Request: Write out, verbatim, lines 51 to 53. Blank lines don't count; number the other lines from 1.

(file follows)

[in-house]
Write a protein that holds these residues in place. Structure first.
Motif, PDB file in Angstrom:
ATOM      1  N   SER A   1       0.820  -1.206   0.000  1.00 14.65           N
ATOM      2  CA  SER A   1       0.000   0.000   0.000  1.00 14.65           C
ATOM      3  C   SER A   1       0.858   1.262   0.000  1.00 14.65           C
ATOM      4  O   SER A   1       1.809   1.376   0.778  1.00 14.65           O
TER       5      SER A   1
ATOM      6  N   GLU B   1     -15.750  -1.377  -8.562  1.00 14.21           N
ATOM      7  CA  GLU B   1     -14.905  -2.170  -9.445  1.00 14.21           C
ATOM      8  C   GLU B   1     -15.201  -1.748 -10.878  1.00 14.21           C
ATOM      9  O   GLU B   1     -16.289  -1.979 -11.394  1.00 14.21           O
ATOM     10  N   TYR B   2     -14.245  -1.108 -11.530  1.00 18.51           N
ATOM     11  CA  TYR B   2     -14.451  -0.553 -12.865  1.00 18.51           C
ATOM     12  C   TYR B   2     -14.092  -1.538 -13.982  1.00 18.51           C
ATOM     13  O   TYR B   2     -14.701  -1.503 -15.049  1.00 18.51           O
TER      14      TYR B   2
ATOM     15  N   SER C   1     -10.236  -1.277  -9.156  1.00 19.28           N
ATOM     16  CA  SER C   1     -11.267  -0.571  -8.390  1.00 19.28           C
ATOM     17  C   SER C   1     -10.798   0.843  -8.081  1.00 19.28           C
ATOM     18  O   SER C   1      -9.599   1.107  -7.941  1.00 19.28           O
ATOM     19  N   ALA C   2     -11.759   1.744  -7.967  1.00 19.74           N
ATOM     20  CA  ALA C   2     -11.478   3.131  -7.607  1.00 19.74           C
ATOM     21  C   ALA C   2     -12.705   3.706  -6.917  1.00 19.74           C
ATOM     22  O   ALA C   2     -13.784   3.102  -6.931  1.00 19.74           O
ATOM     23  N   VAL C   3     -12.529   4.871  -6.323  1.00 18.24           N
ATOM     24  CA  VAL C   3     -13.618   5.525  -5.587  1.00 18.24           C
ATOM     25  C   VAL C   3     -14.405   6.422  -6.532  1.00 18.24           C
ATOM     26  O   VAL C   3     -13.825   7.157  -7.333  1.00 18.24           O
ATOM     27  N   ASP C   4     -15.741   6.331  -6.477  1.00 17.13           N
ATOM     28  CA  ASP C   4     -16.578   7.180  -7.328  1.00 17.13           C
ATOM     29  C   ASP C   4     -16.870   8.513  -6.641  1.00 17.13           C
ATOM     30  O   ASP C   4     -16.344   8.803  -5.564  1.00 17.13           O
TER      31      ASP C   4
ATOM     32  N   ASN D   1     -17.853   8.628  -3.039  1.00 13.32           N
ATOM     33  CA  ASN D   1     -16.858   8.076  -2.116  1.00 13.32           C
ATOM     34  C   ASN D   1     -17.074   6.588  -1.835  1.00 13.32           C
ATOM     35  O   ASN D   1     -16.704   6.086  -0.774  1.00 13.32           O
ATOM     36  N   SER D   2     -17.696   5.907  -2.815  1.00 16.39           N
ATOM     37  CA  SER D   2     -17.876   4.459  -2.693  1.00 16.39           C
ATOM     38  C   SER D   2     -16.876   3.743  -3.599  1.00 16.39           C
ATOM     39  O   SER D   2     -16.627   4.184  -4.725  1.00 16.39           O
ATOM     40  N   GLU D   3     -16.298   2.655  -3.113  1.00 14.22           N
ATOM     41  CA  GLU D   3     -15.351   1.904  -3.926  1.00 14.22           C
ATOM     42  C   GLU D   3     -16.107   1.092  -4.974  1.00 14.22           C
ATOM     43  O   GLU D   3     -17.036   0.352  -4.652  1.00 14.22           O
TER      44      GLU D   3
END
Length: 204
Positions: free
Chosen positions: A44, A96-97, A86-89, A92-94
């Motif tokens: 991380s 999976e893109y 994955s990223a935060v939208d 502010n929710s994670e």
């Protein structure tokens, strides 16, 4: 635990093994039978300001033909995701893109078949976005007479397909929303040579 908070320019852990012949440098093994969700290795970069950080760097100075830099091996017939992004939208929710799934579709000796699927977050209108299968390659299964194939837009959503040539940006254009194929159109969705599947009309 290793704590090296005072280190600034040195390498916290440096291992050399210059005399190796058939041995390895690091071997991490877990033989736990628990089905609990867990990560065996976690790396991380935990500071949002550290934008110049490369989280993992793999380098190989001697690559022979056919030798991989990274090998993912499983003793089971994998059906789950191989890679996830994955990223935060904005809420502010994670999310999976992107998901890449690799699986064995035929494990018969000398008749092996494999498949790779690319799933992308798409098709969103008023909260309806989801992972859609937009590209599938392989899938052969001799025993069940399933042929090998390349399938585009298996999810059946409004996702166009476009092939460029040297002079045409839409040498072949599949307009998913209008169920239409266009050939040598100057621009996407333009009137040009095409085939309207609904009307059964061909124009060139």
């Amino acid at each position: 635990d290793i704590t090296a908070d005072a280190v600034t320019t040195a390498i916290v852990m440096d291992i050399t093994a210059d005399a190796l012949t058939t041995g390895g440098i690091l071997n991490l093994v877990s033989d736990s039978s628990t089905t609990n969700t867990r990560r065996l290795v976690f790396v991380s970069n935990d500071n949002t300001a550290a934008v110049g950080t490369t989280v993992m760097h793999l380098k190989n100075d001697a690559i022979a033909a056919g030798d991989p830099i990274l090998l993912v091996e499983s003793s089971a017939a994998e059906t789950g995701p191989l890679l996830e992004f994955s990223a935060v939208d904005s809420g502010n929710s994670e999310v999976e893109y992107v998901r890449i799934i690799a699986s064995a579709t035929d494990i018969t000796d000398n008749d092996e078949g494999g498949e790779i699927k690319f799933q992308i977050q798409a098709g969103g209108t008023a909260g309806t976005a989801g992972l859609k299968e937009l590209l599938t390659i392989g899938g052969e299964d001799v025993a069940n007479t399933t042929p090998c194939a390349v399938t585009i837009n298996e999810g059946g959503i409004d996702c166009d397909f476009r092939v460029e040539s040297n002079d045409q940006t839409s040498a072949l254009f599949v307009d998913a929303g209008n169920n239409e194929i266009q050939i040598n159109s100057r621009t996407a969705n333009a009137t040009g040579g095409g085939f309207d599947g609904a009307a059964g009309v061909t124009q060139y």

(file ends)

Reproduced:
Chosen positions: A44, A96-97, A86-89, A92-94
């Motif tokens: 991380s 999976e893109y 994955s990223a935060v939208d 502010n929710s994670e």
């Protein structure tokens, strides 16, 4: 635990093994039978300001033909995701893109078949976005007479397909929303040579 908070320019852990012949440098093994969700290795970069950080760097100075830099091996017939992004939208929710799934579709000796699927977050209108299968390659299964194939837009959503040539940006254009194929159109969705599947009309 290793704590090296005072280190600034040195390498916290440096291992050399210059005399190796058939041995390895690091071997991490877990033989736990628990089905609990867990990560065996976690790396991380935990500071949002550290934008110049490369989280993992793999380098190989001697690559022979056919030798991989990274090998993912499983003793089971994998059906789950191989890679996830994955990223935060904005809420502010994670999310999976992107998901890449690799699986064995035929494990018969000398008749092996494999498949790779690319799933992308798409098709969103008023909260309806989801992972859609937009590209599938392989899938052969001799025993069940399933042929090998390349399938585009298996999810059946409004996702166009476009092939460029040297002079045409839409040498072949599949307009998913209008169920239409266009050939040598100057621009996407333009009137040009095409085939309207609904009307059964061909124009060139």